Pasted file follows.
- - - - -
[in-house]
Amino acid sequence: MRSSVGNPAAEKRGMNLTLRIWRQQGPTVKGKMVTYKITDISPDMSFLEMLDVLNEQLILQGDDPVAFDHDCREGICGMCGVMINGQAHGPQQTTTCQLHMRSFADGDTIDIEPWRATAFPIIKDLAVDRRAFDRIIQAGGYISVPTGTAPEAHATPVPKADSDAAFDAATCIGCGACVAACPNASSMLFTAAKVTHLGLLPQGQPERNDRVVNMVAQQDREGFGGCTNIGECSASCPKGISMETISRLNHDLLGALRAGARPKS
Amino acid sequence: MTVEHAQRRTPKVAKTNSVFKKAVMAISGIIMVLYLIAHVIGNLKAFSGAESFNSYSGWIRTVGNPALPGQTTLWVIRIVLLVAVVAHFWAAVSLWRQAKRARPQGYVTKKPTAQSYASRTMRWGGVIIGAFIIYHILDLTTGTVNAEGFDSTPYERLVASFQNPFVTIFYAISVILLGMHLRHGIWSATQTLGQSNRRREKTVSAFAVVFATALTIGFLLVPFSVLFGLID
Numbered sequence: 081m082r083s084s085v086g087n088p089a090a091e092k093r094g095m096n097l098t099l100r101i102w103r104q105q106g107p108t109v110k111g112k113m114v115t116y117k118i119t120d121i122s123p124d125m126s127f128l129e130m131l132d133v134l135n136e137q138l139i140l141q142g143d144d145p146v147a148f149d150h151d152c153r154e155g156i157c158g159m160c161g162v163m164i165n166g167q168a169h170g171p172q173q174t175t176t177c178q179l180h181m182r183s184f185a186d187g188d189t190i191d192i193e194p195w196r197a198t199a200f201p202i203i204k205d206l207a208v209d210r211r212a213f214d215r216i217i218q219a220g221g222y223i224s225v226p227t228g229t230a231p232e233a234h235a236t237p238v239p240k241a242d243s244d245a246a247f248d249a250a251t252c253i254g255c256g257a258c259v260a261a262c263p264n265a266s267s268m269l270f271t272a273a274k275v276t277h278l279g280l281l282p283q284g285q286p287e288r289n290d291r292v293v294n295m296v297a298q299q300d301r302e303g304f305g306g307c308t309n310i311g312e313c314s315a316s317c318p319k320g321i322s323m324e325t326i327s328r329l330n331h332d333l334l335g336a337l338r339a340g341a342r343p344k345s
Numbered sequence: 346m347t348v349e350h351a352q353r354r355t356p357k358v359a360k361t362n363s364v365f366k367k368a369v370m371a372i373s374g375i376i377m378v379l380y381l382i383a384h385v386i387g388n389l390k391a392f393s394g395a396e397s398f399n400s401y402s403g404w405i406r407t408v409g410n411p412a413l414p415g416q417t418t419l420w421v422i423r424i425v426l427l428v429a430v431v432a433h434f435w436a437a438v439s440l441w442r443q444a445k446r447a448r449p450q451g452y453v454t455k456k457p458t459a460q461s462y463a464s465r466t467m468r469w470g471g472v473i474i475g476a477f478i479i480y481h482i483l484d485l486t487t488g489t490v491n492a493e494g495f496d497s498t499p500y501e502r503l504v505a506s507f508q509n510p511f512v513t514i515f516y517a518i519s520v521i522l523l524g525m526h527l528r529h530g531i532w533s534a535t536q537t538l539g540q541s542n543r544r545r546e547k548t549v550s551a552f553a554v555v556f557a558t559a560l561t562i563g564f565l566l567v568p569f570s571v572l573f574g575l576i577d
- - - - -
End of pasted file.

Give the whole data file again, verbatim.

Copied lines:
[in-house]
Amino acid sequence: MRSSVGNPAAEKRGMNLTLRIWRQQGPTVKGKMVTYKITDISPDMSFLEMLDVLNEQLILQGDDPVAFDHDCREGICGMCGVMINGQAHGPQQTTTCQLHMRSFADGDTIDIEPWRATAFPIIKDLAVDRRAFDRIIQAGGYISVPTGTAPEAHATPVPKADSDAAFDAATCIGCGACVAACPNASSMLFTAAKVTHLGLLPQGQPERNDRVVNMVAQQDREGFGGCTNIGECSASCPKGISMETISRLNHDLLGALRAGARPKS
Amino acid sequence: MTVEHAQRRTPKVAKTNSVFKKAVMAISGIIMVLYLIAHVIGNLKAFSGAESFNSYSGWIRTVGNPALPGQTTLWVIRIVLLVAVVAHFWAAVSLWRQAKRARPQGYVTKKPTAQSYASRTMRWGGVIIGAFIIYHILDLTTGTVNAEGFDSTPYERLVASFQNPFVTIFYAISVILLGMHLRHGIWSATQTLGQSNRRREKTVSAFAVVFATALTIGFLLVPFSVLFGLID
Numbered sequence: 081m082r083s084s085v086g087n088p089a090a091e092k093r094g095m096n097l098t099l100r101i102w103r104q105q106g107p108t109v110k111g112k113m114v115t116y117k118i119t120d121i122s123p124d125m126s127f128l129e130m131l132d133v134l135n136e137q138l139i140l141q142g143d144d145p146v147a148f149d150h151d152c153r154e155g156i157c158g159m160c161g162v163m164i165n166g167q168a169h170g171p172q173q174t175t176t177c178q179l180h181m182r183s184f185a186d187g188d189t190i191d192i193e194p195w196r197a198t199a200f201p202i203i204k205d206l207a208v209d210r211r212a213f214d215r216i217i218q219a220g221g222y223i224s225v226p227t228g229t230a231p232e233a234h235a236t237p238v239p240k241a242d243s244d245a246a247f248d249a250a251t252c253i254g255c256g257a258c259v260a261a262c263p264n265a266s267s268m269l270f271t272a273a274k275v276t277h278l279g280l281l282p283q284g285q286p287e288r289n290d291r292v293v294n295m296v297a298q299q300d301r302e303g304f305g306g307c308t309n310i311g312e313c314s315a316s317c318p319k320g321i322s323m324e325t326i327s328r329l330n331h332d333l334l335g336a337l338r339a340g341a342r343p344k345s
Numbered sequence: 346m347t348v349e350h351a352q353r354r355t356p357k358v359a360k361t362n363s364v365f366k367k368a369v370m371a372i373s374g375i376i377m378v379l380y381l382i383a384h385v386i387g388n389l390k391a392f393s394g395a396e397s398f399n400s401y402s403g404w405i406r407t408v409g410n411p412a413l414p415g416q417t418t419l420w421v422i423r424i425v426l427l428v429a430v431v432a433h434f435w436a437a438v439s440l441w442r443q444a445k446r447a448r449p450q451g452y453v454t455k456k457p458t459a460q461s462y463a464s465r466t467m468r469w470g471g472v473i474i475g476a477f478i479i480y481h482i483l484d485l486t487t488g489t490v491n492a493e494g495f496d497s498t499p500y501e502r503l504v505a506s507f508q509n510p511f512v513t514i515f516y517a518i519s520v521i522l523l524g525m526h527l528r529h530g531i532w533s534a535t536q537t538l539g540q541s542n543r544r545r546e547k548t549v550s551a552f553a554v555v556f557a558t559a560l561t562i563g564f565l566l567v568p569f570s571v572l573f574g575l576i577d